Only about half of the almost 90 surveyed hatcheries and grow-out farmers kept written records on the total chemical amounts applied, but did not register date, type and dosages of the chemical applications.

Farmers also reported lacking support from veterinarians and other technical staff in diagnosing diseases and the use of chemicals.

Minh Phu said a change needs to be made, not only to reduce health effects, but also to increase cost-effectiveness of the use of chemicals

"It seems likely that farmers can maintain and even increase farm productivity with less, but correct, use of chemicals, and at the same time this might decrease environmental, food safety and occupational health hazards associated with chemical use," he said.

-- Elisabeth Fischer

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Sunday, August 11, 3.11 p.m. CET

Danish pike perch project well underway

Construction at AquaPri's €7.5 million ($10 million) pike perch recirculation plant is set to start in February or March next year, Martin Vestergaard, production manager at the company, told IntraFish while catching up during the lunch break at the second day of the EAS conference.

"We have the plan, we have the money," he said, adding the only thing missing are the regulatory permits.

The company will build a 500 metric tons capacity recirculation facility in the first project phase. A broodstock and experimental facility will follow in a second phase.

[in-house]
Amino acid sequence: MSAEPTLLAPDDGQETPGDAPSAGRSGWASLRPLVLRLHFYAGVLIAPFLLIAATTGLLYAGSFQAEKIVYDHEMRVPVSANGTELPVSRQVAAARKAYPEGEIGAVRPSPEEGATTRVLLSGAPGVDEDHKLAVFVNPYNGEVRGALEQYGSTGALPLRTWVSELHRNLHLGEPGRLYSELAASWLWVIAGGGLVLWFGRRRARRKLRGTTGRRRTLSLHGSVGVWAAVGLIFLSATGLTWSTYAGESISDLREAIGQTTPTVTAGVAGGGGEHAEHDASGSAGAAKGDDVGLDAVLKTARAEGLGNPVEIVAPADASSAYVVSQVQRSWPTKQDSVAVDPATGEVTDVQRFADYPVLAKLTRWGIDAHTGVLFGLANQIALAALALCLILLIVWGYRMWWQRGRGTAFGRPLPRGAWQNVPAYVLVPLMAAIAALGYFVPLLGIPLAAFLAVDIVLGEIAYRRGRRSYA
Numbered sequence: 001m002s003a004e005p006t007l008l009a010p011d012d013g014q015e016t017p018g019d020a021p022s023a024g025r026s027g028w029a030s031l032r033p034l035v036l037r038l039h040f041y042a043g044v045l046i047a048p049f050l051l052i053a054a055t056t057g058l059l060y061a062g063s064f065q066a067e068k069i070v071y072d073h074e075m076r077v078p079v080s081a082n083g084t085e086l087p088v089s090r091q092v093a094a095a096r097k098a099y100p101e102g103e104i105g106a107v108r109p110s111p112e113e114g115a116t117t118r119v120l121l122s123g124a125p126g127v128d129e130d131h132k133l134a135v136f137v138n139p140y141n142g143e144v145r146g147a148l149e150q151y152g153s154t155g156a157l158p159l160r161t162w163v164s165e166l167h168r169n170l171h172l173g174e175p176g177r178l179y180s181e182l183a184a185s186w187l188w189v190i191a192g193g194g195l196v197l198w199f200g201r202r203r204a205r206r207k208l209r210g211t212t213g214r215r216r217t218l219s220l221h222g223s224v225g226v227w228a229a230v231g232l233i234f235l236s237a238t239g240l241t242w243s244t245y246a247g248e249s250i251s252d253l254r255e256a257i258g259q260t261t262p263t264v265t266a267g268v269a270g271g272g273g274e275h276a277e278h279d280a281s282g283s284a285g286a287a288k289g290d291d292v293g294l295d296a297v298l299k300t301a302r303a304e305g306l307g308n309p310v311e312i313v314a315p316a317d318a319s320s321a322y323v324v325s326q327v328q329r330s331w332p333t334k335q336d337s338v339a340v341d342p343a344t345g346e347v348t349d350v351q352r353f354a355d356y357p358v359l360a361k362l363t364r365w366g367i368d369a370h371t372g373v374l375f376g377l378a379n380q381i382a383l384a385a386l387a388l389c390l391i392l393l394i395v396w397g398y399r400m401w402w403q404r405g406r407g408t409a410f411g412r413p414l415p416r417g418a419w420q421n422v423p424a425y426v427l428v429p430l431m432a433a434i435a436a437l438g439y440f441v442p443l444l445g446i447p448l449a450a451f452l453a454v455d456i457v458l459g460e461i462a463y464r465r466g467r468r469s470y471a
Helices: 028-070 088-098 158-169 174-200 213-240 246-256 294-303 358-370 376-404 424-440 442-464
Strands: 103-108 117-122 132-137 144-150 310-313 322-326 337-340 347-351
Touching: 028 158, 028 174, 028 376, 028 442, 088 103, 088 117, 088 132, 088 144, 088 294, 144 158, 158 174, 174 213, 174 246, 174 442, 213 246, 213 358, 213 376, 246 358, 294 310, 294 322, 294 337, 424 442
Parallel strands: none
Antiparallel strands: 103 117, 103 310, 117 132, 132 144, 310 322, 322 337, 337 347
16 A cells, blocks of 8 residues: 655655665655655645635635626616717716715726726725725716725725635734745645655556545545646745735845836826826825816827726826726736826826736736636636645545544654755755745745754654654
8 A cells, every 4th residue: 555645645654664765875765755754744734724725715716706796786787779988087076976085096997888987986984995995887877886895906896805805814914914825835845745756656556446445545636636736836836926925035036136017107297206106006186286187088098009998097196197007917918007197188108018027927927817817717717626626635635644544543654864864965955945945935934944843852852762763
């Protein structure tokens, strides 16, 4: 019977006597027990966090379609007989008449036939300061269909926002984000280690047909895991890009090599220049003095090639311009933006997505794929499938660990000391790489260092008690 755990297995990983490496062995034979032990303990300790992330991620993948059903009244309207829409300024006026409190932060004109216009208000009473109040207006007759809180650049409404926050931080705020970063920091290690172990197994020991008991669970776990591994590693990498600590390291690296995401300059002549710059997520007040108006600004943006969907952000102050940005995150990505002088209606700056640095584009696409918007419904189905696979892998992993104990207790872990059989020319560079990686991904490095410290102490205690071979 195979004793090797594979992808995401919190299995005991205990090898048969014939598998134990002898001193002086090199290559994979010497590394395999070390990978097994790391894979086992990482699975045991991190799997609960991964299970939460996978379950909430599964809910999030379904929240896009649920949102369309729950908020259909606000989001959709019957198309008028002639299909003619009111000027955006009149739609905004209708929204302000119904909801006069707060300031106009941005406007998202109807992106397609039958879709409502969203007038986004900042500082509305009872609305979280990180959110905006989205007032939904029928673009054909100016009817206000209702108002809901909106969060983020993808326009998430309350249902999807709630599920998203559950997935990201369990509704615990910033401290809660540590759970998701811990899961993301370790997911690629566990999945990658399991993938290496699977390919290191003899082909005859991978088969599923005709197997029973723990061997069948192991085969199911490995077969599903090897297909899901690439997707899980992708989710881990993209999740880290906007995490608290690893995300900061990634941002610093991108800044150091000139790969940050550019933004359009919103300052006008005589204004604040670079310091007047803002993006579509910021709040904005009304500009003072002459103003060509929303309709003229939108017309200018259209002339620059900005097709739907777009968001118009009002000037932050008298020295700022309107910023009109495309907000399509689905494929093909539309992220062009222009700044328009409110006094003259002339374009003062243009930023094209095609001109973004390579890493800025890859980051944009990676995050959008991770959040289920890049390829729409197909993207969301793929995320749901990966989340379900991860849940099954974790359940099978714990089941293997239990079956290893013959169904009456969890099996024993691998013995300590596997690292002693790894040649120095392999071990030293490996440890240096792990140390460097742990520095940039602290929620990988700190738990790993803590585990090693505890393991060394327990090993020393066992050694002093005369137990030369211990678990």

Visualization

 

Production will take about one year, Vestergaard said, and the first fish are set to hit consumer markets in early 2015.

Moving quickly on the project is a must, he said. "With a running cost of abut €0.5 million ($667,000) a month a quick start is quite important," he said.

The fish is aimed to cater increasing demand in the EU market, for countries including Germany, Sweden, Switzerland and Poland.

"France is also an interesting market," he said. "It's huge and they request pike perch."

Production at the new plant will be diversified: about 10 percent will go into sports fishing, while 90 percent is for the consumer markets.

Current market prices for pike perch range from about €8 ($10.7) to €10 ($13.3) per kilogram, apart from a few weeks a year when the price drops to €4 ($5.3) due to wild catch hitting the market.

-- Elisabeth Fischer

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Sunday, August 11, 13.58 p.m. CET

Calls for international standard for fish welfare

Following calls by NGOs and supermarkets for a certification scheme for fish welfare, a group of researchers at Dutch Wageningen Aquaculture, part of Wageningen University Research Center, developed a certification scheme in cooperation with a Dutch turbot farm.